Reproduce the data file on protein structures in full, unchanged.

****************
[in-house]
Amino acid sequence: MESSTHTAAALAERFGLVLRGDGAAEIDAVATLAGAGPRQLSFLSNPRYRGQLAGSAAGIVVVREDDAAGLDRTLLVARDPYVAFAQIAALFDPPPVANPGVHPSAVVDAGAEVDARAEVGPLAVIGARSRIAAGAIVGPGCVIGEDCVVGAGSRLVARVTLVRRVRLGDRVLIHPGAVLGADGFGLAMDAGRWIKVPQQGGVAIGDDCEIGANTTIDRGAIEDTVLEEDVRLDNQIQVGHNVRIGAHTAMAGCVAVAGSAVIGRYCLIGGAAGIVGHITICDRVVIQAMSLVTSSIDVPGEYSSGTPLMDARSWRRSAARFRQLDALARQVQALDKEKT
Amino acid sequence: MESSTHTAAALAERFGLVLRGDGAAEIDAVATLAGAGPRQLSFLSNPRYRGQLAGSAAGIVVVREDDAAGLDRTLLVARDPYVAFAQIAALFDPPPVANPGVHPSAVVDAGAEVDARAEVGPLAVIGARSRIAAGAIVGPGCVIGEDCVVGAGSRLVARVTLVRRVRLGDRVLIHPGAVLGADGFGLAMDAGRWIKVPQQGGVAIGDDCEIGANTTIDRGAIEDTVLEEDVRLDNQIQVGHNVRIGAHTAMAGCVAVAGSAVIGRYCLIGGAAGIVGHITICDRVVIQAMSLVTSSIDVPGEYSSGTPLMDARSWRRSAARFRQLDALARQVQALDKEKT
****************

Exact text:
[in-house]
Amino acid sequence: MESSTHTAAALAERFGLVLRGDGAAEIDAVATLAGAGPRQLSFLSNPRYRGQLAGSAAGIVVVREDDAAGLDRTLLVARDPYVAFAQIAALFDPPPVANPGVHPSAVVDAGAEVDARAEVGPLAVIGARSRIAAGAIVGPGCVIGEDCVVGAGSRLVARVTLVRRVRLGDRVLIHPGAVLGADGFGLAMDAGRWIKVPQQGGVAIGDDCEIGANTTIDRGAIEDTVLEEDVRLDNQIQVGHNVRIGAHTAMAGCVAVAGSAVIGRYCLIGGAAGIVGHITICDRVVIQAMSLVTSSIDVPGEYSSGTPLMDARSWRRSAARFRQLDALARQVQALDKEKT
Amino acid sequence: MESSTHTAAALAERFGLVLRGDGAAEIDAVATLAGAGPRQLSFLSNPRYRGQLAGSAAGIVVVREDDAAGLDRTLLVARDPYVAFAQIAALFDPPPVANPGVHPSAVVDAGAEVDARAEVGPLAVIGARSRIAAGAIVGPGCVIGEDCVVGAGSRLVARVTLVRRVRLGDRVLIHPGAVLGADGFGLAMDAGRWIKVPQQGGVAIGDDCEIGANTTIDRGAIEDTVLEEDVRLDNQIQVGHNVRIGAHTAMAGCVAVAGSAVIGRYCLIGGAAGIVGHITICDRVVIQAMSLVTSSIDVPGEYSSGTPLMDARSWRRSAARFRQLDALARQVQALDKEKT